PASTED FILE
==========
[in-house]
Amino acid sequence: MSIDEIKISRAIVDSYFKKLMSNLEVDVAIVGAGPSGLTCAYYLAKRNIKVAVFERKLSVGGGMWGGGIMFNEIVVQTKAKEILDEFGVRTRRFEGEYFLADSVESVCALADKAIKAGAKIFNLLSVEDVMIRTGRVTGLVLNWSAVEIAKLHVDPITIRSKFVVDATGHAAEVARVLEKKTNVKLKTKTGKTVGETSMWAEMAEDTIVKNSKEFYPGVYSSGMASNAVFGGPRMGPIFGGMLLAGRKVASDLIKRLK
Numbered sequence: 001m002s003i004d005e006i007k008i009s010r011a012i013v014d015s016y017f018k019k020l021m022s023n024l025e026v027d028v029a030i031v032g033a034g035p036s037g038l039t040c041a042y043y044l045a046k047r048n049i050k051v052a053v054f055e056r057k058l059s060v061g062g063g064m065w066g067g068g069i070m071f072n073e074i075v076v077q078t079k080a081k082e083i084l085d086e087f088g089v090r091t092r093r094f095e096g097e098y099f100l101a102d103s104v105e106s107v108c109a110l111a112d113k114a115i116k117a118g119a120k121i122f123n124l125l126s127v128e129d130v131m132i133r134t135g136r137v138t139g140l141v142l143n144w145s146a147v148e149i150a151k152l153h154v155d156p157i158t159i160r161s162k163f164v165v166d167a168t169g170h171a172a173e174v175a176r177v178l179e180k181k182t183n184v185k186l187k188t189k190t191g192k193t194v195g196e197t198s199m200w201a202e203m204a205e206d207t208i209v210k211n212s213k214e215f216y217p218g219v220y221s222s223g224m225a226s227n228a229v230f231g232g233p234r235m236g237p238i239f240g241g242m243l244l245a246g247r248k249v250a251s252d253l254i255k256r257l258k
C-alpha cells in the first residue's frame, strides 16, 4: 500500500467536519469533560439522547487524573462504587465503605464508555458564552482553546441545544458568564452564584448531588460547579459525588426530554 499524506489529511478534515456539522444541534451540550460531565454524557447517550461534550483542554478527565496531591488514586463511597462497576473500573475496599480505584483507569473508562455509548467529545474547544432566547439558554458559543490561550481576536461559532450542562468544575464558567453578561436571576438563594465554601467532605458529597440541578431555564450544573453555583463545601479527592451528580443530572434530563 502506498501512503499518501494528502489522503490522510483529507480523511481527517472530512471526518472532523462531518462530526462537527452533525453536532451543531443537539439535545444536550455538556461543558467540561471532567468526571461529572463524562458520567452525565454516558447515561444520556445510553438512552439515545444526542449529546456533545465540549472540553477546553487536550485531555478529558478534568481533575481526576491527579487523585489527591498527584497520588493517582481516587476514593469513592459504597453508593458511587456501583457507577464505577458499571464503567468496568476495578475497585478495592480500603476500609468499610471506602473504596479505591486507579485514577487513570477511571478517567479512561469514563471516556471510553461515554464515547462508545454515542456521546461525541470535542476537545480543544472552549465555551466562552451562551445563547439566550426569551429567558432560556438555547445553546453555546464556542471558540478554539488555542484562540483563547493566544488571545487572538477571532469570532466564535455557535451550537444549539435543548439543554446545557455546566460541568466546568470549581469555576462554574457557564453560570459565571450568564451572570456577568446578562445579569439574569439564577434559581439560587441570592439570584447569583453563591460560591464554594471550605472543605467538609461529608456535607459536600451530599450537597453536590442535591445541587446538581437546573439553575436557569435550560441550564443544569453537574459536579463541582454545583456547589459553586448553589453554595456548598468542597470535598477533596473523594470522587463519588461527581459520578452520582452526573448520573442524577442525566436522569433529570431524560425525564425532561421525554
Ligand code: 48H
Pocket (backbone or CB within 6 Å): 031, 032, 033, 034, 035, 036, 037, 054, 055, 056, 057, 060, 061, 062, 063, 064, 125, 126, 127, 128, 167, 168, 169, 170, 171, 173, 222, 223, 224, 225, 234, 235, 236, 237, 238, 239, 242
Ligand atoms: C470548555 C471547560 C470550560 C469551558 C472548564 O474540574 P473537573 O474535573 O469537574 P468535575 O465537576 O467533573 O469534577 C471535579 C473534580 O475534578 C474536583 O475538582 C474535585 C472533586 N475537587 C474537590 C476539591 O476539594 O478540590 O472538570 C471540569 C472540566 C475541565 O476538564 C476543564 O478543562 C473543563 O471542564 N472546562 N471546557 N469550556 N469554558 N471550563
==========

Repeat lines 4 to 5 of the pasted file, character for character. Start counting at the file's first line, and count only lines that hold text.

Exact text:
C-alpha cells in the first residue's frame, strides 16, 4: 500500500467536519469533560439522547487524573462504587465503605464508555458564552482553546441545544458568564452564584448531588460547579459525588426530554 499524506489529511478534515456539522444541534451540550460531565454524557447517550461534550483542554478527565496531591488514586463511597462497576473500573475496599480505584483507569473508562455509548467529545474547544432566547439558554458559543490561550481576536461559532450542562468544575464558567453578561436571576438563594465554601467532605458529597440541578431555564450544573453555583463545601479527592451528580443530572434530563 502506498501512503499518501494528502489522503490522510483529507480523511481527517472530512471526518472532523462531518462530526462537527452533525453536532451543531443537539439535545444536550455538556461543558467540561471532567468526571461529572463524562458520567452525565454516558447515561444520556445510553438512552439515545444526542449529546456533545465540549472540553477546553487536550485531555478529558478534568481533575481526576491527579487523585489527591498527584497520588493517582481516587476514593469513592459504597453508593458511587456501583457507577464505577458499571464503567468496568476495578475497585478495592480500603476500609468499610471506602473504596479505591486507579485514577487513570477511571478517567479512561469514563471516556471510553461515554464515547462508545454515542456521546461525541470535542476537545480543544472552549465555551466562552451562551445563547439566550426569551429567558432560556438555547445553546453555546464556542471558540478554539488555542484562540483563547493566544488571545487572538477571532469570532466564535455557535451550537444549539435543548439543554446545557455546566460541568466546568470549581469555576462554574457557564453560570459565571450568564451572570456577568446578562445579569439574569439564577434559581439560587441570592439570584447569583453563591460560591464554594471550605472543605467538609461529608456535607459536600451530599450537597453536590442535591445541587446538581437546573439553575436557569435550560441550564443544569453537574459536579463541582454545583456547589459553586448553589453554595456548598468542597470535598477533596473523594470522587463519588461527581459520578452520582452526573448520573442524577442525566436522569433529570431524560425525564425532561421525554
Ligand code: 48H